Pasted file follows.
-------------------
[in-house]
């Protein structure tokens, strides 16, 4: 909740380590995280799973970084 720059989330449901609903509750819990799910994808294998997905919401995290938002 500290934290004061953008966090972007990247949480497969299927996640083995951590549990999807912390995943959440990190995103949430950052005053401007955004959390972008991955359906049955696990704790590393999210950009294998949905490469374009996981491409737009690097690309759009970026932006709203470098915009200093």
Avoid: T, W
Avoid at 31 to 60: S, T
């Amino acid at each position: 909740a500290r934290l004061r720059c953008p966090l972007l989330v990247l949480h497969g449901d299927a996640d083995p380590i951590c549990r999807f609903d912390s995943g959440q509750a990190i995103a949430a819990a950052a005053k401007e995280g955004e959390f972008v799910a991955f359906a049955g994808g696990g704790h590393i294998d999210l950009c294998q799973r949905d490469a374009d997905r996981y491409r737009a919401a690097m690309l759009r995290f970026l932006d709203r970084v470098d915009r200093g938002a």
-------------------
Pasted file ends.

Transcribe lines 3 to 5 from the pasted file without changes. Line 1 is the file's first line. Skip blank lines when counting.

Avoid: T, W
Avoid at 31 to 60: S, T
């Amino acid at each position: 909740a500290r934290l004061r720059c953008p966090l972007l989330v990247l949480h497969g449901d299927a996640d083995p380590i951590c549990r999807f609903d912390s995943g959440q509750a990190i995103a949430a819990a950052a005053k401007e995280g955004e959390f972008v799910a991955f359906a049955g994808g696990g704790h590393i294998d999210l950009c294998q799973r949905d490469a374009d997905r996981y491409r737009a919401a690097m690309l759009r995290f970026l932006d709203r970084v470098d915009r200093g938002a």